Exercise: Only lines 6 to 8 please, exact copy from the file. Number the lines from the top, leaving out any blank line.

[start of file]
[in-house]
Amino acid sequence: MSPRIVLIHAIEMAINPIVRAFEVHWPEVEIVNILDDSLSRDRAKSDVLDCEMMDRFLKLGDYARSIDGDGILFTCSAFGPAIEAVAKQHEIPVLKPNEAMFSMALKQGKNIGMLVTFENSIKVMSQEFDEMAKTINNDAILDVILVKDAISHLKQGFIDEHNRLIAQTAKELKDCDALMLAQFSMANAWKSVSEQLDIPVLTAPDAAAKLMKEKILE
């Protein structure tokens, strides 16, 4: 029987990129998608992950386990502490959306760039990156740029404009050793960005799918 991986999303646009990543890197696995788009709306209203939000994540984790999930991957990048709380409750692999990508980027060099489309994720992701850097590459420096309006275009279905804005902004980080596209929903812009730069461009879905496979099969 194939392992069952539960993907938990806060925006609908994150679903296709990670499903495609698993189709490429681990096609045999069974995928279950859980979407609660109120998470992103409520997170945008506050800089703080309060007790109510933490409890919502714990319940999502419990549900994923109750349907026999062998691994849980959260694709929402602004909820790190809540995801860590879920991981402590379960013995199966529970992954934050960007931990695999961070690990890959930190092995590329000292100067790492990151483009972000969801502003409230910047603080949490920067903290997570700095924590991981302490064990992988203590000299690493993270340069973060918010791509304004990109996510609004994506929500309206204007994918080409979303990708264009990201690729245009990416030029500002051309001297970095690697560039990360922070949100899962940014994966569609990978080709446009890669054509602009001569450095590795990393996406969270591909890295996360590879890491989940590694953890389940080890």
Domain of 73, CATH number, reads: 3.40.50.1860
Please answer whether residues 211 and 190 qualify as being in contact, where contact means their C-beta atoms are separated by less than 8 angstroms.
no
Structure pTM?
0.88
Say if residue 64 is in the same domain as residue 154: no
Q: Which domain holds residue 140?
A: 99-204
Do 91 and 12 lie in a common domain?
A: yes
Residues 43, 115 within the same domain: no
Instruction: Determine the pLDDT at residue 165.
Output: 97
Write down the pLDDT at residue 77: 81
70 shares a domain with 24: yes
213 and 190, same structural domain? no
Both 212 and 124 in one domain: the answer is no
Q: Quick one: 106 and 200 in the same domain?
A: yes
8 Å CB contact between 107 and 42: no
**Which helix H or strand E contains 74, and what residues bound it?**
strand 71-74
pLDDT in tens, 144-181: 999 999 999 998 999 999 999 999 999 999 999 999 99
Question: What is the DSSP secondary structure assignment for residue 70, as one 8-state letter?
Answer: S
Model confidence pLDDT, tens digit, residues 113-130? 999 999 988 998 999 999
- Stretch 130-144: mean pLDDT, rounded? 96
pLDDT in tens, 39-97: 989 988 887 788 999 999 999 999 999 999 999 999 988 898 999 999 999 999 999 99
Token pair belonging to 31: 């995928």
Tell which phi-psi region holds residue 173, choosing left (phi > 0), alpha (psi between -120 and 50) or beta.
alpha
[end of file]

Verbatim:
no
Structure pTM?
0.88